My life with Alzheimer's disease by Gary Quinton

In Nov 2012 I had the privilege of speaking at the Manitoba Alzheimer’s Conference.  I spoke in a large gym.  Tables and chairs were set up throughout the entire space. I was nervous. The conference participants were people with Alzheimers and family caregivers.  I was going to talk about Alzheimer’s Disease as a terminal illness.  How was I going to do this without being offensive… How were the people going to receive this information?

As I spoke someone caught my eye in the left hand, front, corner of the room.  A nice looking man.  He smiled, nodded, smiled and nodded.  I thought, “this man knows what I am talking about… he must be a family caregiver or a nurse or doctor”.

When the session was over a few people gathered to speak with me. After a bit  I turned around and there was the man with the smile.  “Who are you?” I asked.  And he told me his name, “Gary Quinton”.

“But WHO are you?” I asked again, trying to find out “Why do you know this information? Why did it resonate with you?”

Gary then proceeded to tell me his story.

I am honoured a year later to receive his story via email.  He is happy for me to share his story with you. I am grateful that he has also shared his story on video with one of my favorite resources… it should be available in the coming months…. stay tuned!

Thanks to Gary – the man with the smile, an incredible attitude and a wonderful wife!

My story

By David Gary Quinton

I will start with giving you my age. I am 71 as of last Dec.

My wife Judy realized something was wrong long before I did. For me, the first real indicator happened while I was teaching a tai chi class. I was giving an example and saw my students look at each other a little quizzically. I asked them if I had been repeating myself and they said yes. I realized that this had been happening a few times already.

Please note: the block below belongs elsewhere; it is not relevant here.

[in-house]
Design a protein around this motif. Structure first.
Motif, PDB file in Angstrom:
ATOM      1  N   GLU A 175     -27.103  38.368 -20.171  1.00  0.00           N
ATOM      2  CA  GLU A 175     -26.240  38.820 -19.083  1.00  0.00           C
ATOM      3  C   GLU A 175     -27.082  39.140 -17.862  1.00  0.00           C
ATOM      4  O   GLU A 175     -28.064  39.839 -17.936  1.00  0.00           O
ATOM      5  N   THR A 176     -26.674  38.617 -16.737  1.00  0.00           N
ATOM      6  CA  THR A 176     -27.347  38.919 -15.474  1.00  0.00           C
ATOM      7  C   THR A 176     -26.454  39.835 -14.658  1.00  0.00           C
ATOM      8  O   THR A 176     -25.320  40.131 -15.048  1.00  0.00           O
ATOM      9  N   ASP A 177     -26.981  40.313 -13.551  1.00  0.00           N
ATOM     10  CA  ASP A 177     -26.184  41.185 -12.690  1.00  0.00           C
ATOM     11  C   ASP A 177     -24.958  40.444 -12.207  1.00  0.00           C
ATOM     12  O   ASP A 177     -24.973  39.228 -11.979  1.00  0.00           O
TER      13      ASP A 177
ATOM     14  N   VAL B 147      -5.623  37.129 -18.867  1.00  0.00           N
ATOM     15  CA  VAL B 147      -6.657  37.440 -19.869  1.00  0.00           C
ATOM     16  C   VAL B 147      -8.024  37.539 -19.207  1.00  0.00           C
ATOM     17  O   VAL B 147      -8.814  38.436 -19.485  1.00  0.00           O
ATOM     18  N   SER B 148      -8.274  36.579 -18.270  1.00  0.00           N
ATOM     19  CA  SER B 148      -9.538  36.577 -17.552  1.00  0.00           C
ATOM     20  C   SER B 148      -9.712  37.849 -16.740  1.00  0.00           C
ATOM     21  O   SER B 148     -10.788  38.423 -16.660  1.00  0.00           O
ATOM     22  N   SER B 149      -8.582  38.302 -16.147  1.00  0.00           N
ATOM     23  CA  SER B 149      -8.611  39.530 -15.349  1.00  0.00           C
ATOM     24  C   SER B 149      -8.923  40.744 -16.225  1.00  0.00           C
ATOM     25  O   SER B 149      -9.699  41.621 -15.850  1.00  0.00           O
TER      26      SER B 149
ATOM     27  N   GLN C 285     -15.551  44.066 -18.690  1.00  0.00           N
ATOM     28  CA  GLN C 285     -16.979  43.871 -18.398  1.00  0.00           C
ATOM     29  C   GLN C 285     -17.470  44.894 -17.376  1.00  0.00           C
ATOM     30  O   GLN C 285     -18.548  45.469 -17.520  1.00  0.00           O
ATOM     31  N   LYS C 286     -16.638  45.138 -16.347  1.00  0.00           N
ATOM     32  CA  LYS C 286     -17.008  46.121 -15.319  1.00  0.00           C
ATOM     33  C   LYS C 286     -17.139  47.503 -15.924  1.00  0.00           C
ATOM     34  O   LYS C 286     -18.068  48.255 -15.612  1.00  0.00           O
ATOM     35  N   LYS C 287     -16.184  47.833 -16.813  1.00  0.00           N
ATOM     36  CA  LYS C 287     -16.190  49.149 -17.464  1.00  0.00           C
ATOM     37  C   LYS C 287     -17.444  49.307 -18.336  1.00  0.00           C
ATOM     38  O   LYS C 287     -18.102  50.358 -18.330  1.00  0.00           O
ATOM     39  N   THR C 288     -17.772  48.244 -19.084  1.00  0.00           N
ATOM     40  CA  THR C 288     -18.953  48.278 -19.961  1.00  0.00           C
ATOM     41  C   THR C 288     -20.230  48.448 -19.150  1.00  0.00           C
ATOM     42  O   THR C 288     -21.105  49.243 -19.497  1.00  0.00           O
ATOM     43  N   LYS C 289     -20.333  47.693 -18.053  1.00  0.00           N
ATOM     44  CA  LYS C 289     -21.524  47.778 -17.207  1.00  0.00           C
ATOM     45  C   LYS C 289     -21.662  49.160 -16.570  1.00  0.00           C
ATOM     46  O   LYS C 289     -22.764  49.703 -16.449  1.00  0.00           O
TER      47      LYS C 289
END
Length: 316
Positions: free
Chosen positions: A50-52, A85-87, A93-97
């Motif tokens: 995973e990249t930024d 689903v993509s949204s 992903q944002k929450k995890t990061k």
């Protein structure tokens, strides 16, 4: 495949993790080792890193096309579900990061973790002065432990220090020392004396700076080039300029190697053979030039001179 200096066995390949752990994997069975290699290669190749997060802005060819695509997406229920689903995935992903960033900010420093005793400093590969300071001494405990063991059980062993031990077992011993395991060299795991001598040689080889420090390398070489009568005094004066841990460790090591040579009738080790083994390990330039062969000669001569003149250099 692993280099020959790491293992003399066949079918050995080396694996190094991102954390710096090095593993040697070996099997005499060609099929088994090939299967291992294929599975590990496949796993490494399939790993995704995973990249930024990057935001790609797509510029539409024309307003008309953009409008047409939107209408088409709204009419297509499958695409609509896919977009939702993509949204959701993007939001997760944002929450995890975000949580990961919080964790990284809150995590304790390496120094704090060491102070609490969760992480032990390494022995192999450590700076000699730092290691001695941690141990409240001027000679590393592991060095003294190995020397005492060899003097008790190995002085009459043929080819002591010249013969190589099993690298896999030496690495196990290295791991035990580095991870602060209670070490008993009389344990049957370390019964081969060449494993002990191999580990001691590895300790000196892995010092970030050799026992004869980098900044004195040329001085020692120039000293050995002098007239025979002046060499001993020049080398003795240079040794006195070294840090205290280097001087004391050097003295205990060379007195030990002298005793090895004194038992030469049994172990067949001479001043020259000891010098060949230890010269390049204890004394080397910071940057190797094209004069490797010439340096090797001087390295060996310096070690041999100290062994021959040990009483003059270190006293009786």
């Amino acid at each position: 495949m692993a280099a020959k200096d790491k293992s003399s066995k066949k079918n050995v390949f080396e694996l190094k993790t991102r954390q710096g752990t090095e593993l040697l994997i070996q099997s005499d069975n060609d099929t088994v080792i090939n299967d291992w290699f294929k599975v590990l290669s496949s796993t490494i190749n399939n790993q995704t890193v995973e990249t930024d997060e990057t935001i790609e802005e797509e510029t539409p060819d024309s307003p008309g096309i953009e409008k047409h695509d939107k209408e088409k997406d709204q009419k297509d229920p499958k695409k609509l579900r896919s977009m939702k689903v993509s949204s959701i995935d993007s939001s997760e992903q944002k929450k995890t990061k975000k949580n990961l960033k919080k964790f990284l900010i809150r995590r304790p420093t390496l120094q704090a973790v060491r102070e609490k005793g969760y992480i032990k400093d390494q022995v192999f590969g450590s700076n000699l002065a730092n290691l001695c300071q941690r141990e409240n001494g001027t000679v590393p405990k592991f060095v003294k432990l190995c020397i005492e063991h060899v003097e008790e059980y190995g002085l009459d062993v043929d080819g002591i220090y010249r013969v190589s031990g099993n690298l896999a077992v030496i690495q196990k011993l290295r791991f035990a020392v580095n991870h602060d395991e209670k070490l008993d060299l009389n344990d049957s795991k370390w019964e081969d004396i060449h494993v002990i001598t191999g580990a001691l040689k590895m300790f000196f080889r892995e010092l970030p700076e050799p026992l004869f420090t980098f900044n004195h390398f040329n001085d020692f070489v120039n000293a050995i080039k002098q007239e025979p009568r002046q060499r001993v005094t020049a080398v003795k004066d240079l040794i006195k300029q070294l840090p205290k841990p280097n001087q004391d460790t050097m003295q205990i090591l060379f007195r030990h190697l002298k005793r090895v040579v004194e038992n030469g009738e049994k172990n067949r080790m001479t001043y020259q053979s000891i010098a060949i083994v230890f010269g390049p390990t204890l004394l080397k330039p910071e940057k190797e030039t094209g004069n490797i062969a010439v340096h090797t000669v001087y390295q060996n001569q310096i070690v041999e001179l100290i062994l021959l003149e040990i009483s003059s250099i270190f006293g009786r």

The diagnosis was not a shock but it was definitely a blow for us. I knew immediately that I had a choice to make. I could go downhill and get depressed or I could make the best of the hand I had just been dealt. Not even a minute went by before I decided to face this thing head on. I have not wasted time regretting that impulse but it does create some questions for others.

I want to maximize my time and do what I can, when I can, for as long as I am able.

Being honest and straightforward from the start has allowed our family and friends to be open with us. A classic example of the support I receive is the two friends I meet with every Wednesday afternoon to go walking, skiing, or cycling. This helps me to connect with friends and allows Judy some time for herself.  What a wonderful gift they are giving us.

The decision to tell people that I have Alzheimer’s has never caused me regret.

It is part of me, my circumstance. I operate on the basis that I will have lapses.  I will forget names, and other things. I don’t mind being reminded of details.

I am comfortable with explaining my situation to anyone who wants to know, or who has dealings with me.